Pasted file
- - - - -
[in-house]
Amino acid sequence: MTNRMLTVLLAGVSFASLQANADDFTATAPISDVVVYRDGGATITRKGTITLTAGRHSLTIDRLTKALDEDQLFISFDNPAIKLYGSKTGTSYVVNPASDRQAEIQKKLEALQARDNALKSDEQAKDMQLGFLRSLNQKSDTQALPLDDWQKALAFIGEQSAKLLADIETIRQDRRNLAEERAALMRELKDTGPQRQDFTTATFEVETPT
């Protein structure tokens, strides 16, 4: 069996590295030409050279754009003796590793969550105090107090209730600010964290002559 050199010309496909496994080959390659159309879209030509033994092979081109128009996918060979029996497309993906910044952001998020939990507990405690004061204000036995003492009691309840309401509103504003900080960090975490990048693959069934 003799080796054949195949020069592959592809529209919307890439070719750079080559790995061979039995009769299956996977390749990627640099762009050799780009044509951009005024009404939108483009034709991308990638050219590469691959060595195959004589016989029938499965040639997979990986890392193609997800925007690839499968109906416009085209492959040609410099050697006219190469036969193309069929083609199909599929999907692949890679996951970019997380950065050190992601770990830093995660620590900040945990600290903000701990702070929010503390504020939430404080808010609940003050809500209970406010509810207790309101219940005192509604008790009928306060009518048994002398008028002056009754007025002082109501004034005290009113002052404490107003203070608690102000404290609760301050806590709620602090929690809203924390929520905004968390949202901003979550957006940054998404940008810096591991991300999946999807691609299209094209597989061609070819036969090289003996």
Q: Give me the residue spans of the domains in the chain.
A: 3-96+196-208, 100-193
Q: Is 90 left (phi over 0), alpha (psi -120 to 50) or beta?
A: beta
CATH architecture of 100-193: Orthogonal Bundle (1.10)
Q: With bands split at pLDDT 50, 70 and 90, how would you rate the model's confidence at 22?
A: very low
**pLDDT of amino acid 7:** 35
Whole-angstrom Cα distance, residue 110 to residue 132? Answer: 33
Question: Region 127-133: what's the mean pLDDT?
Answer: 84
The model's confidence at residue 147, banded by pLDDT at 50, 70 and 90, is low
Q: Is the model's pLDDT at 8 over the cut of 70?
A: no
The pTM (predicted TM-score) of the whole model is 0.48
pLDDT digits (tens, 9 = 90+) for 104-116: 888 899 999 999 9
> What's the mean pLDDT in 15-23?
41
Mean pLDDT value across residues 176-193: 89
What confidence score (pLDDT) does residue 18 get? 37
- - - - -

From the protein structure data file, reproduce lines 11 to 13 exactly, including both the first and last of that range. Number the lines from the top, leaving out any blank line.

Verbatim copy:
**pLDDT of amino acid 7:** 35
Whole-angstrom Cα distance, residue 110 to residue 132? Answer: 33
Question: Region 127-133: what's the mean pLDDT?